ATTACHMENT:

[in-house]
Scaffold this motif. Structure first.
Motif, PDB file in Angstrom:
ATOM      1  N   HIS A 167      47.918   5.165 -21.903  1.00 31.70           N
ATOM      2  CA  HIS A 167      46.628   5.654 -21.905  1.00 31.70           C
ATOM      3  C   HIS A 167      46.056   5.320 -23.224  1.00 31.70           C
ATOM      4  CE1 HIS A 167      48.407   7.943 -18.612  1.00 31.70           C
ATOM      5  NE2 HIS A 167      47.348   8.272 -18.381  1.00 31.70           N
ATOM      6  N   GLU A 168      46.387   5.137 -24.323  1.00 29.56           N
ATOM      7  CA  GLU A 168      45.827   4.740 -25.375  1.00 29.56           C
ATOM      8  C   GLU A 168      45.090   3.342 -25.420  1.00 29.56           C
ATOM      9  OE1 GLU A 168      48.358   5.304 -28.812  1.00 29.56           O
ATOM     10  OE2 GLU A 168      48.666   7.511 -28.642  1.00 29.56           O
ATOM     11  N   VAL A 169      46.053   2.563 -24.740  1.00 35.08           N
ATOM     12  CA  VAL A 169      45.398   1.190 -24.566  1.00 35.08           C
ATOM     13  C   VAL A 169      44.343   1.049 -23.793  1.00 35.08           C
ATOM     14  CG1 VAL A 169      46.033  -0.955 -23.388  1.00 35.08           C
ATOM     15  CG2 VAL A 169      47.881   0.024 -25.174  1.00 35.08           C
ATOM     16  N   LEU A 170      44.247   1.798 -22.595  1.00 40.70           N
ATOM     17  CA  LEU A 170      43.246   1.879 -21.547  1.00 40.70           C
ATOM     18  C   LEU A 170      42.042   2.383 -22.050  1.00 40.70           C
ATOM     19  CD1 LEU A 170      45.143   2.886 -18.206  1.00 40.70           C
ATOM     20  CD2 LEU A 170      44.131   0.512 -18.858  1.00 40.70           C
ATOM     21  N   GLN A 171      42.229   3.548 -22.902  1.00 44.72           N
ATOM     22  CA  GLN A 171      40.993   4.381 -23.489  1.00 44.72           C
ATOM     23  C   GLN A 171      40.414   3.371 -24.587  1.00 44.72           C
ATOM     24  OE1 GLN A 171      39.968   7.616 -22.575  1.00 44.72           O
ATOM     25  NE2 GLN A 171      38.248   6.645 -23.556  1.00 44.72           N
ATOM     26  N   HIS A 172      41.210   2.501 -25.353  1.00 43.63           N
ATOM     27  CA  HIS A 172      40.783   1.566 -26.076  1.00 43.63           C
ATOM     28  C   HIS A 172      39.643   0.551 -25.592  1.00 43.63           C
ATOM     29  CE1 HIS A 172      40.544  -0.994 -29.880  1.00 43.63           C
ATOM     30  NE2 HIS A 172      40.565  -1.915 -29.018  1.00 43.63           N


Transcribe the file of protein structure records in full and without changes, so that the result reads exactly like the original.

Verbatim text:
[in-house]
Scaffold this motif. Structure first.
Motif, PDB file in Angstrom:
ATOM      1  N   HIS A 167      47.918   5.165 -21.903  1.00 31.70           N
ATOM      2  CA  HIS A 167      46.628   5.654 -21.905  1.00 31.70           C
ATOM      3  C   HIS A 167      46.056   5.320 -23.224  1.00 31.70           C
ATOM      4  CE1 HIS A 167      48.407   7.943 -18.612  1.00 31.70           C
ATOM      5  NE2 HIS A 167      47.348   8.272 -18.381  1.00 31.70           N
ATOM      6  N   GLU A 168      46.387   5.137 -24.323  1.00 29.56           N
ATOM      7  CA  GLU A 168      45.827   4.740 -25.375  1.00 29.56           C
ATOM      8  C   GLU A 168      45.090   3.342 -25.420  1.00 29.56           C
ATOM      9  OE1 GLU A 168      48.358   5.304 -28.812  1.00 29.56           O
ATOM     10  OE2 GLU A 168      48.666   7.511 -28.642  1.00 29.56           O
ATOM     11  N   VAL A 169      46.053   2.563 -24.740  1.00 35.08           N
ATOM     12  CA  VAL A 169      45.398   1.190 -24.566  1.00 35.08           C
ATOM     13  C   VAL A 169      44.343   1.049 -23.793  1.00 35.08           C
ATOM     14  CG1 VAL A 169      46.033  -0.955 -23.388  1.00 35.08           C
ATOM     15  CG2 VAL A 169      47.881   0.024 -25.174  1.00 35.08           C
ATOM     16  N   LEU A 170      44.247   1.798 -22.595  1.00 40.70           N
ATOM     17  CA  LEU A 170      43.246   1.879 -21.547  1.00 40.70           C
ATOM     18  C   LEU A 170      42.042   2.383 -22.050  1.00 40.70           C
ATOM     19  CD1 LEU A 170      45.143   2.886 -18.206  1.00 40.70           C
ATOM     20  CD2 LEU A 170      44.131   0.512 -18.858  1.00 40.70           C
ATOM     21  N   GLN A 171      42.229   3.548 -22.902  1.00 44.72           N
ATOM     22  CA  GLN A 171      40.993   4.381 -23.489  1.00 44.72           C
ATOM     23  C   GLN A 171      40.414   3.371 -24.587  1.00 44.72           C
ATOM     24  OE1 GLN A 171      39.968   7.616 -22.575  1.00 44.72           O
ATOM     25  NE2 GLN A 171      38.248   6.645 -23.556  1.00 44.72           N
ATOM     26  N   HIS A 172      41.210   2.501 -25.353  1.00 43.63           N
ATOM     27  CA  HIS A 172      40.783   1.566 -26.076  1.00 43.63           C
ATOM     28  C   HIS A 172      39.643   0.551 -25.592  1.00 43.63           C
ATOM     29  CE1 HIS A 172      40.544  -0.994 -29.880  1.00 43.63           C
ATOM     30  NE2 HIS A 172      40.565  -1.915 -29.018  1.00 43.63           N